Welcome to the Buckminster Fuller Challenge (BFC) archive! Here you will find a comprehensive history of the BFC program and a curated archive of the ‘best of’ entries reviewed by the program from 2007-2017 making visible the vibrancy and dedication of an emerging field of comprehensive, whole-systems designers. This searchable archive is offered as a resource and tool for educators, the design community, and the general public to use to discover the remarkable ideas and successful projects at work in the world today.
Origins and Histories
In 2010 Fuller Challenge juror David Orr – the esteemed sustainability educator and author – remarked that human civilization has entered the historical equivalent of shooting the dangerous rapids of a treacherous white-water river. With a broken paddle. Blindfolded.
Buckminster Fuller put it in stark relief with this famous question: Are we heading toward Utopia or Oblivion? He challenged his contemporaries to creatively respond to the urgency of this moment by re-framing the crisis as an opportunity pointing to humanity’s “option to make it – to live successfully without compromising the ability for all of life to thrive.”
Fuller demonstrated through his research and design practice that the resources needed for all forms of life on the planet to live in relative peace and prosperity exist. Creatively deployed, these resources are more than enough to raise the standard of living for everybody.
He called for a revolution by design –not political or military - but a revolution driven by the problem-solving creativity of design combined with the empirical demands of science.
Fuller’s practice took a comprehensive approach, starting with the whole; anticipating future trends and needs; employing the scientific method; and aligned with nature’s operating principles. He saw that this way of thinking and doing was to be the future of design. He called his practice design science. And in the 1960’s he launched the Design Science Revolution with an open call to the world’s creative communities “to make the world work for 100% of humanity in the shortest possible time, through spontaneous cooperation, without ecological offense or the disadvantage of anyone.”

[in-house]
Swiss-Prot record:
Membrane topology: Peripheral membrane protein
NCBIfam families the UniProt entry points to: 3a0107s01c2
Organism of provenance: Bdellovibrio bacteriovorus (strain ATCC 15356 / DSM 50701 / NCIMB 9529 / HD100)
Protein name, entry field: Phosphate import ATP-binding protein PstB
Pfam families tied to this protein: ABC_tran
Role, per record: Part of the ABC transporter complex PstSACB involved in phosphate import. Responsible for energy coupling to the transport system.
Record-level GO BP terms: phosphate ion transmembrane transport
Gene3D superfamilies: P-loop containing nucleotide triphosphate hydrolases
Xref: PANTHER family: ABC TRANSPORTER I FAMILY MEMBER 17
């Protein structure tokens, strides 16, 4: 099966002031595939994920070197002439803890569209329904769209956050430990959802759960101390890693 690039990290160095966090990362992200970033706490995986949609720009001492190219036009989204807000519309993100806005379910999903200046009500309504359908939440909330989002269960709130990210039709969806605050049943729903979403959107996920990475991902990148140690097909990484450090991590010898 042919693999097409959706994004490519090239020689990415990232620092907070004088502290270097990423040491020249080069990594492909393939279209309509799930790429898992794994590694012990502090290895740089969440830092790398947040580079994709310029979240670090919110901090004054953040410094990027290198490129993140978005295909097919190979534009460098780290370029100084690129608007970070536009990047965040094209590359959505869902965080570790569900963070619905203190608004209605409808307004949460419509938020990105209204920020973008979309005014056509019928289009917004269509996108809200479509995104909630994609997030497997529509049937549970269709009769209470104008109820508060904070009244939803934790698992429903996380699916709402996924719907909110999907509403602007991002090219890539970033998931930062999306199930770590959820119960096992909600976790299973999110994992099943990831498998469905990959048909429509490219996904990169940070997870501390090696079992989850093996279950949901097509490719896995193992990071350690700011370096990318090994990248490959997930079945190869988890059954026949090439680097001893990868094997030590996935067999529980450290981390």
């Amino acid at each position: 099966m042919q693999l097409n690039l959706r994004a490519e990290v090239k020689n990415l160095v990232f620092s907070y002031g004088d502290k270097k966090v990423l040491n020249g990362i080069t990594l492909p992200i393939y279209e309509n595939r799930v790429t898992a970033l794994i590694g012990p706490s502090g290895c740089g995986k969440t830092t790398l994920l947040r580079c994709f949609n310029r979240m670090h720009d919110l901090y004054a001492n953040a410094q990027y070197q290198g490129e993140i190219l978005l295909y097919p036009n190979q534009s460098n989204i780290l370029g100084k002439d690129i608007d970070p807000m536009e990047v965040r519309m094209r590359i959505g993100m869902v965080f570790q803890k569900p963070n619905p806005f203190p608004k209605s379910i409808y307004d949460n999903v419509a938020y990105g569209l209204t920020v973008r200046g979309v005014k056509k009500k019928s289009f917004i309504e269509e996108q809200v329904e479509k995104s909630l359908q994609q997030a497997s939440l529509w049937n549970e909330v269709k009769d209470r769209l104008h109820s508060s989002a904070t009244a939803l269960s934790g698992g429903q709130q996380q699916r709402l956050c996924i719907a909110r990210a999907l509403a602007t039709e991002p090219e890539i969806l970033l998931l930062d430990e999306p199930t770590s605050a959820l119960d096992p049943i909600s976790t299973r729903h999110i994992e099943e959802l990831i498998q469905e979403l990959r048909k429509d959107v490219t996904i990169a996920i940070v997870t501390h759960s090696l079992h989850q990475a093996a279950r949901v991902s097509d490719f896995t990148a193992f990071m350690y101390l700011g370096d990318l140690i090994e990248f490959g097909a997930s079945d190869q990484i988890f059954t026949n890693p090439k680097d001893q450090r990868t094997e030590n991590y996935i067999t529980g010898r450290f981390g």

In 2007 The Buckminster Fuller Challenge Prize program reintroduced Bucky’s vision. After extensive research we determined that the development of a competitive prize – an open call to anyone creatively addressing any of the world’s most urgent problems - would enable us to accomplish several goals:
1. honor the legacy of Fuller and create a prestigious program that would encourage innovation and recognize integrity;
2. draw attention and support to the thinkers and doers applying a comprehensive, whole-systems approach to designing solutions to the
great challenges we face today;
3. leverage the power of a prestigious innovation prize to demonstrate the importance of whole systems-thinking and its integral function in design-
4. educate a new generation of designers to take up Fuller’s Challenge to transform our world through design, by showcasing world class projects
and celebrating the people behind them”,
Over the program’s ten-year history (2007-2017) the Fuller Challenge attracted thousands of initiatives from across the globe, tackling every conceivable issue facing humanity and the planet today. Each team submitted an application that was subject to a rigorous vetting process in which our esteemed review team and juries invested hundreds of hours of investigation, research, and debate to select our honored entries.